October 19, 2015

Opinion

Do Think Tanks in Georgia Lobby for Foreign Powers?

[Editor’s note: This is the fifth post in the series Thinking about Think Tanks in the South Caucasus. It was written by Till Bruckner, independent researcher, advocacy manager for Transparify, and regular contributor to On Think Tanks. The series is edited by CRRC-Georgia’s Dustin Gilbreath.]

If you work on policy issues in a transition or developing country, you probably know the standard line on think tanks by heart. Local think tanks build domestic research capacity, improve policy formulation processes and outcomes, and enrich and enhance democratic debates, thereby contributing to the emergence of more democratic, wealthy, and equitable societies. (Yes, you may copy and paste this into your next fundraising proposal if you wish).

Below, just for the heck of it, I’ll make the counterargument. Here’s the rival hypothesis:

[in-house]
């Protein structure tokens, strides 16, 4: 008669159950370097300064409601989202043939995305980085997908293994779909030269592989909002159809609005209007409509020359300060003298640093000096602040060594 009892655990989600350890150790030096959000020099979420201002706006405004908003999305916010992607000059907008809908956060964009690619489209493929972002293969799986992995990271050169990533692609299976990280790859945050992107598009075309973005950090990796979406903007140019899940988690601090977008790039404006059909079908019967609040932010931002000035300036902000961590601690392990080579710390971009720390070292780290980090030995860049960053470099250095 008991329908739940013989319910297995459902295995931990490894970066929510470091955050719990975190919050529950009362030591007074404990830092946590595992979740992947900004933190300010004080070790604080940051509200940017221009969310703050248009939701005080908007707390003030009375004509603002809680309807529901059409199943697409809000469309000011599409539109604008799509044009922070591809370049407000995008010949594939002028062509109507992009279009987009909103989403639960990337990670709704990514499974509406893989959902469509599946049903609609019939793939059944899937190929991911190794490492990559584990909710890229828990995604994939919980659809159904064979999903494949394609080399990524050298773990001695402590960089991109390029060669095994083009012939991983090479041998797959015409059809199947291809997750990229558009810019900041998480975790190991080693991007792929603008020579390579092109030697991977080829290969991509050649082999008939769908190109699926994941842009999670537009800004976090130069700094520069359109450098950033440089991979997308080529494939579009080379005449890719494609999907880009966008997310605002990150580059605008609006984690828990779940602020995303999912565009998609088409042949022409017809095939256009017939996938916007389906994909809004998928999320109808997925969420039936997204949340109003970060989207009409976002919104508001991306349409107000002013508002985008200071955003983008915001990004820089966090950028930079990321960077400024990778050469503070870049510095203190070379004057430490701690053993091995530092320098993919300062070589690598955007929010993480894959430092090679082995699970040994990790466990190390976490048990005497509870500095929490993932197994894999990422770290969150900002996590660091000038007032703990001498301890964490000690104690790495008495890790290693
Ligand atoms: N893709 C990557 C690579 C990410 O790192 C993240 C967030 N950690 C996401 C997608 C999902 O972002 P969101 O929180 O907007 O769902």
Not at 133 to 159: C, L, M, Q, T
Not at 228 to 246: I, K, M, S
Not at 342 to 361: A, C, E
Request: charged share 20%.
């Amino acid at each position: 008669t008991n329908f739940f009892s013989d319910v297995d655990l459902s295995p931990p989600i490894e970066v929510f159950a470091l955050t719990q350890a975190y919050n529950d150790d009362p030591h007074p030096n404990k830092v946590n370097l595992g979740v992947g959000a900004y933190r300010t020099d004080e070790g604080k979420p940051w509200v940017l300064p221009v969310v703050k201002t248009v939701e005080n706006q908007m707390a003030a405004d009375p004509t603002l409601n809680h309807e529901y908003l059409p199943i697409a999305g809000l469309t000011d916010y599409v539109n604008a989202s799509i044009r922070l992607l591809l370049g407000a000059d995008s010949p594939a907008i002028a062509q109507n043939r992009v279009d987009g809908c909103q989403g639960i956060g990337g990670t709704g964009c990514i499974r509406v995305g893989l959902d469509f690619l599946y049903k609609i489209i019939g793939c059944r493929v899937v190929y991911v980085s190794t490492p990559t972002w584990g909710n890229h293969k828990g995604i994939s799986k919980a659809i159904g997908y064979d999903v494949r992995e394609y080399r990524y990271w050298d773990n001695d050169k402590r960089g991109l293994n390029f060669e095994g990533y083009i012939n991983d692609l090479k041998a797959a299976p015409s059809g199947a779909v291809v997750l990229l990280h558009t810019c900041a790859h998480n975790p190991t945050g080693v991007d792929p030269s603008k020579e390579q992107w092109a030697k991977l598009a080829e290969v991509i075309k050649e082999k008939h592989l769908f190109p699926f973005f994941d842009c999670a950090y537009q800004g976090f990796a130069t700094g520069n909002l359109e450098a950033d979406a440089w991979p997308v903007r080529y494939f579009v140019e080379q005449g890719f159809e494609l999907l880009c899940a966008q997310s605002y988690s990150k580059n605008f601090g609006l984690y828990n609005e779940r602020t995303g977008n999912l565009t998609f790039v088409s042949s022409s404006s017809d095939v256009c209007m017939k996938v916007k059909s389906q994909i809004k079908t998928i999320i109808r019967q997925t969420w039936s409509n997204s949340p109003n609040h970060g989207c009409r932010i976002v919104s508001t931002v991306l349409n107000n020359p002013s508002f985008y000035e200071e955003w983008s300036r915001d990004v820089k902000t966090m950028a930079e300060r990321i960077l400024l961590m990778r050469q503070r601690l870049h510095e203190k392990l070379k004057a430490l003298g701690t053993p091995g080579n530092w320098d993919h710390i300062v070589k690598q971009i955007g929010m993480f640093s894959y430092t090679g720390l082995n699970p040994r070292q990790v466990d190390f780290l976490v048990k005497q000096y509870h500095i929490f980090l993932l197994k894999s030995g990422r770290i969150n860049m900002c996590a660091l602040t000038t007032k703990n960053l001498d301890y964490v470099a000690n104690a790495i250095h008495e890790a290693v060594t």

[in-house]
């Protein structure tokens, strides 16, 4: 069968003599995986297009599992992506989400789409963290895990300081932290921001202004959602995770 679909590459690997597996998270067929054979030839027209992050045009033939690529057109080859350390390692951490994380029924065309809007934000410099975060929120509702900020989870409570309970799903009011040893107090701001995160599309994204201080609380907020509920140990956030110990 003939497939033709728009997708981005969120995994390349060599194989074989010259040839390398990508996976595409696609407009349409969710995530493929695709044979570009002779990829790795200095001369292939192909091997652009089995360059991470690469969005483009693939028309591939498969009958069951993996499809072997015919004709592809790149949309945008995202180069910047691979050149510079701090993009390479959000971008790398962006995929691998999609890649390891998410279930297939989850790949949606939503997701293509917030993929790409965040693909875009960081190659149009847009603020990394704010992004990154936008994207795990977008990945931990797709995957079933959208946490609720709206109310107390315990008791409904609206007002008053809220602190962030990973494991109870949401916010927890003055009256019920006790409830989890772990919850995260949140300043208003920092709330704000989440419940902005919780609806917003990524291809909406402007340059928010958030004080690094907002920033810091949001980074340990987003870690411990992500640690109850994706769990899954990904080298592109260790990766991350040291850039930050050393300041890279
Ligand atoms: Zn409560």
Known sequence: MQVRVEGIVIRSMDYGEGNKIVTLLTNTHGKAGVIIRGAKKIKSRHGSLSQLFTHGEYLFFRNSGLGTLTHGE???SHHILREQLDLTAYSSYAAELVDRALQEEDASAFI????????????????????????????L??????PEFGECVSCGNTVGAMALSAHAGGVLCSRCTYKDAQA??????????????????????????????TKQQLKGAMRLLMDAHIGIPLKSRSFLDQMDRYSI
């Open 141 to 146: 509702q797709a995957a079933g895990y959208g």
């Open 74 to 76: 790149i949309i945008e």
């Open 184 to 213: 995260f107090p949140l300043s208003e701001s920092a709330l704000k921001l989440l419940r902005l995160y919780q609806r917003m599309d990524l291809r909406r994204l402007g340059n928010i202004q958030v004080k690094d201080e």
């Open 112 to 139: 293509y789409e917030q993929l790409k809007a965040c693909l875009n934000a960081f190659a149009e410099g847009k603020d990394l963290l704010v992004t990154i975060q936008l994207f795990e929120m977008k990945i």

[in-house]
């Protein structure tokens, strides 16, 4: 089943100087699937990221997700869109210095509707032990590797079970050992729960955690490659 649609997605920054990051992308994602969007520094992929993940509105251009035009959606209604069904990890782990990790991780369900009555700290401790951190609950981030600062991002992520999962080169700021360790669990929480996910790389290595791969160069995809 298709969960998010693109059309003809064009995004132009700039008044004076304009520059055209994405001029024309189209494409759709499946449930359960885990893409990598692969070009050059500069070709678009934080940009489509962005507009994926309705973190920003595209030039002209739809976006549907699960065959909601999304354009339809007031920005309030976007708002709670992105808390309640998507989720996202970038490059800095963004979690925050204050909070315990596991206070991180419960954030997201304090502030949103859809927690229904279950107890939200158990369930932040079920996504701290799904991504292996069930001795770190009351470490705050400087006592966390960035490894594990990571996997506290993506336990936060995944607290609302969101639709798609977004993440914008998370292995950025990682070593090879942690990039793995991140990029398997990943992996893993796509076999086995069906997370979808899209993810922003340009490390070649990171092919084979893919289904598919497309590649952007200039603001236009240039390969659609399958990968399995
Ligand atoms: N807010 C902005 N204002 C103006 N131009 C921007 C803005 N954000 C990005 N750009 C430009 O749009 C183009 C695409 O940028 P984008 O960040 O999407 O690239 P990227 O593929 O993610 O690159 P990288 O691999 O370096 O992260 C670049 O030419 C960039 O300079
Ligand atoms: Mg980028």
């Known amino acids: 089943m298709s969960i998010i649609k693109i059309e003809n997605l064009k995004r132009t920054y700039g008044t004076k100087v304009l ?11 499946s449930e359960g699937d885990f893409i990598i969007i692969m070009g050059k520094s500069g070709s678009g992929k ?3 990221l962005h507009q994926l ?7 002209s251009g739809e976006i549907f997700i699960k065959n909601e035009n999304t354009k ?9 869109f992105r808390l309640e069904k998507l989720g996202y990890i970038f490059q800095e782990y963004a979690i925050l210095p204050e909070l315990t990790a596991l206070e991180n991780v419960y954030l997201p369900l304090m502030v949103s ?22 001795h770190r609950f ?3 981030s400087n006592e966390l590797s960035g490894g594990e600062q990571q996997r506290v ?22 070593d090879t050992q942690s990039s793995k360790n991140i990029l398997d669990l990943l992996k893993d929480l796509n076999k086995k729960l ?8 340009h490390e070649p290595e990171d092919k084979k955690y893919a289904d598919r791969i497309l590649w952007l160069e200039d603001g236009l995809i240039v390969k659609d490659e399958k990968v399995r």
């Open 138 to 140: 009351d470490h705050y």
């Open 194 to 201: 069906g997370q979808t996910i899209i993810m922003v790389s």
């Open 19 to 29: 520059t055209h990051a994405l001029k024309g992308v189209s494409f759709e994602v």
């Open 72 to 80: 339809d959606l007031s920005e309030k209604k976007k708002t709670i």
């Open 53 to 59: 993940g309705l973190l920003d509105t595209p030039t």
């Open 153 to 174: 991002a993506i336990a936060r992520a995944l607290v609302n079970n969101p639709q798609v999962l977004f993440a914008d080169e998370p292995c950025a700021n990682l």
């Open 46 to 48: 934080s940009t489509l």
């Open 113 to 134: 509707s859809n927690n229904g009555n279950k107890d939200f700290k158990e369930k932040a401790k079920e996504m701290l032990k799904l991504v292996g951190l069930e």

Most local think tanks in transition or developing countries do not conduct real research. They just act as front groups for foreign lobbying campaigns. Western powers fund them to capture domestic policy formulation processes and distort democracy. Acting in concert with equally remote-controlled, faux-local NGOs and media, think tanks use foreign funds to push foreign agendas, creating a heavily tilted playing field on which the politics and policies favoured by the West always come out top, and on which real democracy can never emerge.